Lastly, FIG. 12 shows, in pictorial form, final surface mount assembly 1200 wherein IC 1000 has been singulated from wafer 390, and has been bonded to printed circuit board (“PCB”) 1150 at an end user level in accordance with any one of the many methods that are well known to those of ordinary skill in the art. Advantageously, in accordance with the preferred embodiment of the present invention, no underfill encapsulation is required.

It should be understood that although no underfill encapsulation of wafer level IC packages is required, it is with the scope of the present invention to utilize the wafer level package described above in embodiments where encapsulation is utilized. In particular, FIG. 13 shows, in pictorial form, a high pin count, high power device which is fabricated in accordance with further embodiments of the present invention. As shown in FIG. 13, IC 1000 package is formed on a wafer in accordance with the steps described above. Then, IC 1000 is overmolded in encapsulation material 1175 after it has been mounted on a substrate, for example, PBGA, in accordance with any one of many methods that are well known to those of ordinary skill in the art. Optionally, during this step, the package which comprises IC 1000 may be affixed to external heat sink 1500 for improved thermal performance in high pin count, high power applications. As shown in FIG. 13, external heat sink 1500 is affixed to trenches 380 formed on the backside of wafer 390. Next, the PBGA package which comprises IC 1000 is bonded to board 1400 in accordance with any one of many methods that are well known to those of ordinary skill in the art, where board 1400 is, for example, a fan-out PCB or an interposer such as, for example, a two-layer, fan-out substrate. As those of ordinary skill in the art can readily appreciate, fan-out conductors 1310 and 1320 are connected to, for example, a mother board or any other PCB in accordance with any one of many methods that are well known to those of ordinary skill in the art after the packages have been singulated.

Those skilled in the art will recognize that the foregoing description has been presented for the sake of illustration and description only. As such, it is not intended to be exhaustive or to limit the invention to the precise form disclosed.

For example, although the present invention has been described in terms of a method for forming first interconnects comprising compliant conductive bumps surrounded by a supporting layer on a wafer comprised of integrated circuits and for forming outer joints on the first interconnects for connecting to a printed circuit board, embodiments of the present invention are not limited thereto. In general, embodiments of the present invention comprise methods for interconnecting conductors. Specifically, the method described above can be applied to the printed circuit board wherein an interconnect structure comprising a conductive, compliant bump surrounded by a supporting layer is formed on a printed circuit board as well. In further embodiments, an interconnect structure comprising a conductive, compliant bump surrounded by a supporting layer is formed on a wafer comprised of integrated circuits and on a printed circuit board. In such a case, the structures may be bonded together directly or an outer joint may be formed on either or both of the wafer and the printed circuit board. Then, the integrated circuits are singulated and bonded to the printed circuit board.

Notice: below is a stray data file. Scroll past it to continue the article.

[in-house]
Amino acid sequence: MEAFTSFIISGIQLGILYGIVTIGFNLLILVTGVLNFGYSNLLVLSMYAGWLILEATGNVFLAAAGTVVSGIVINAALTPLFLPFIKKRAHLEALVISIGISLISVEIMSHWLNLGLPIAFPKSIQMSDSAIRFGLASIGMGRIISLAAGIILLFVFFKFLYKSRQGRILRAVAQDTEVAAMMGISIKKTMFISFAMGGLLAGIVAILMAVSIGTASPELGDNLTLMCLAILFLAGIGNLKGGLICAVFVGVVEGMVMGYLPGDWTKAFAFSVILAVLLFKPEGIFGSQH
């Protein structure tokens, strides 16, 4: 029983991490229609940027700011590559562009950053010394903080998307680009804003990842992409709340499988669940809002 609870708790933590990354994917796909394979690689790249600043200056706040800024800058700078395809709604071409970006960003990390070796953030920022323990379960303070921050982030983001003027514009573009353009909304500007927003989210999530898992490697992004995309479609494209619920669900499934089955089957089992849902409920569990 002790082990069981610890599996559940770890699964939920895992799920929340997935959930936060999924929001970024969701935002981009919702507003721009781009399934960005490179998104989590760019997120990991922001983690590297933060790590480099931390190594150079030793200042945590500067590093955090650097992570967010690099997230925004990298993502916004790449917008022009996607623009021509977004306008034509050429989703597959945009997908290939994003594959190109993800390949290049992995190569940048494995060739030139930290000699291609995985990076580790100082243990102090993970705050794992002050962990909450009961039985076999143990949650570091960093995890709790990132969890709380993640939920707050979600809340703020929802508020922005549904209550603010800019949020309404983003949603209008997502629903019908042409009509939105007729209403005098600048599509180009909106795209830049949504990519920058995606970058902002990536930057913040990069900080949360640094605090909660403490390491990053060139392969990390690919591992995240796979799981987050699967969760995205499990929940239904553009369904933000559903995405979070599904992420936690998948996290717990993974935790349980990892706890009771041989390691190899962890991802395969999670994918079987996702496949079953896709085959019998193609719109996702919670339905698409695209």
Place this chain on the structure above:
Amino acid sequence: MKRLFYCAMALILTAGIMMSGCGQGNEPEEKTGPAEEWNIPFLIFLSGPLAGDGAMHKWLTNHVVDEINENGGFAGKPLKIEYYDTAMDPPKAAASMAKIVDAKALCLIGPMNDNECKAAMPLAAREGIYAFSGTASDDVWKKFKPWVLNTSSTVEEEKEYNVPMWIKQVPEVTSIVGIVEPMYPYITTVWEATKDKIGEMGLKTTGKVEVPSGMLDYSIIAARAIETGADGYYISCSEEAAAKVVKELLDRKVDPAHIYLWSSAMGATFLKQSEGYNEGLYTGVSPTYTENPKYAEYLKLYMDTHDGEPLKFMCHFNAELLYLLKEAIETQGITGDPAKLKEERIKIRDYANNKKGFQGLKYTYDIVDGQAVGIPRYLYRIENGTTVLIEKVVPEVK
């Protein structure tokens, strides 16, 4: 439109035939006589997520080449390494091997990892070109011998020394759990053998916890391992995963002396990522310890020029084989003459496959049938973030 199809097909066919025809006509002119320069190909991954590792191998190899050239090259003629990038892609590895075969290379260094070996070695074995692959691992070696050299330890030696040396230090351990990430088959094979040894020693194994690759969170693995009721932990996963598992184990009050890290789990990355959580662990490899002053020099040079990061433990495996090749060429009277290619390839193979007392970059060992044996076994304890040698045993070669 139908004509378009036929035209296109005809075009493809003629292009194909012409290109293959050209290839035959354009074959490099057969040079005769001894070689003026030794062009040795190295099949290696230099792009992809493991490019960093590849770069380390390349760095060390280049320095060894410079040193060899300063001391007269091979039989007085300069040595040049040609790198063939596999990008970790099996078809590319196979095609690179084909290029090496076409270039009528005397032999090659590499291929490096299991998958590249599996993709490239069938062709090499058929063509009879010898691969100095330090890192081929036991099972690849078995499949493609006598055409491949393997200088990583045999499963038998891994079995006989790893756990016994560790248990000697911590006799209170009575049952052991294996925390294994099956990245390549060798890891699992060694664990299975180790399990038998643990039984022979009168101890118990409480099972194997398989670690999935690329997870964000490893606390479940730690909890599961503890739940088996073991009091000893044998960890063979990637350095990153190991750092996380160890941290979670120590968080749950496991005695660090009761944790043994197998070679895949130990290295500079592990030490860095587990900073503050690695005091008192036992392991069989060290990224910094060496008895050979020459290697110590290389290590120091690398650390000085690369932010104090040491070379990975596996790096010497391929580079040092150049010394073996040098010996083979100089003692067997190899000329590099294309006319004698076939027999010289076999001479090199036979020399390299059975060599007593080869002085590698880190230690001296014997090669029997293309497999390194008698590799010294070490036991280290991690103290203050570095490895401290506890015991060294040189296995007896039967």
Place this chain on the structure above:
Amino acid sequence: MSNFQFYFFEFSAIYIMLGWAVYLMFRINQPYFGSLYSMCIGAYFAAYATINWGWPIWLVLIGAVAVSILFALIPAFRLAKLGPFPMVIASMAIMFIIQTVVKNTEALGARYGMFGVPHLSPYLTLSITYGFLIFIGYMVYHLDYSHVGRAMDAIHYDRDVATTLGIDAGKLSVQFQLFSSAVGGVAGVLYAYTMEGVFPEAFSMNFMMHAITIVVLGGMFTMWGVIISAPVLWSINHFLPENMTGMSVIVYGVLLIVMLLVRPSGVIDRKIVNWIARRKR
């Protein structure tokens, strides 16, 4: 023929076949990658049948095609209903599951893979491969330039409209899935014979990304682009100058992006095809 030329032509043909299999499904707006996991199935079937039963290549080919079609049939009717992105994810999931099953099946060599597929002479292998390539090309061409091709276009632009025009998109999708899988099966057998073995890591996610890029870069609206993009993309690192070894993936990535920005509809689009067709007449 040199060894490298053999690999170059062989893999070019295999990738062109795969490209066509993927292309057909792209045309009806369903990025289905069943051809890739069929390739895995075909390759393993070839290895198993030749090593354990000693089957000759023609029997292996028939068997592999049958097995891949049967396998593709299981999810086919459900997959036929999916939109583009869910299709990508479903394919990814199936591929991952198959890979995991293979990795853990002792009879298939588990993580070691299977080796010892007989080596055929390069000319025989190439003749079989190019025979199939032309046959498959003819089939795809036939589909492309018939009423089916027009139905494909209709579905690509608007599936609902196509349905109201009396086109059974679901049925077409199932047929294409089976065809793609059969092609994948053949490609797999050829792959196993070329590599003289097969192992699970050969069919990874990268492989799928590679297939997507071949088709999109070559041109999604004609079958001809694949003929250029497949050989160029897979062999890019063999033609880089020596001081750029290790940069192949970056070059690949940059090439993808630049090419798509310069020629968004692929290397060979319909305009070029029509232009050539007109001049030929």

Claims (54)

What is claimed is:
1. An integrated circuit formed by a method of forming interconnects which comprises:
forming an interconnect structure which includes steps of:
forming compliant, conductive bumps on metalized bond pads or conductors;
then, at least partially surrounding the compliant, conductive bumps in a supporting layer; and
forming eutectic solder or solder alloy bumps over the compliant, conductive bumps.
2. The integrated circuit of claim 1 wherein the method further comprises a step of at least partially surrounding the eutectic solder or solder alloy bumps in a second supporting layer.
3. The integrated circuit of claim 2 wherein the second supporting layer is comprised of a polymer.
4. The integrated circuit of claim 1 wherein the step of forming compliant, conductive bumps in the method comprises forming elastomeric compliant, conductive bumps.
5. The integrated circuit of claim 1 wherein the interconnect structure is formed on an integrated circuit on a wafer and wherein the method further comprises forming trenches in the wafer on a side opposite the interconnect structure.
6. The integrated circuit of claim 1 wherein the step of forming the bond pads or conductors in the method comprises depositing through a mask.
7. The integrated circuit of claim 1 wherein the compliant, conductive bumps are comprised of epoxy.
8. The integrated circuit of claim 1 wherein the compliant, conductive bumps are comprised of conductive organic material.
9. The integrated circuit of claim 1 wherein the surrounding layer is comprised of a polymer.
10. The integrated circuit of claim 1 wherein the surrounding layer is comprised of a photoresist.
11. The integrated circuit of claim 1 wherein the step of surrounding in the method comprises:
forming a supporting layer over the compliant, conductive bumps; and
delineating the compliant, conductive bumps.
12. The integrated circuit of claim 11 wherein the step of delineating in the method comprises chemical mechanical polishing.
13. The integrated circuit of claim 11 wherein the supporting layer is comprised of photoresist and wherein the step of delineating in the method comprises:
exposing the photoresist to radiation;
developing the photoresist;
baking the photoresist; and
exposing the compliant, conductive bumps.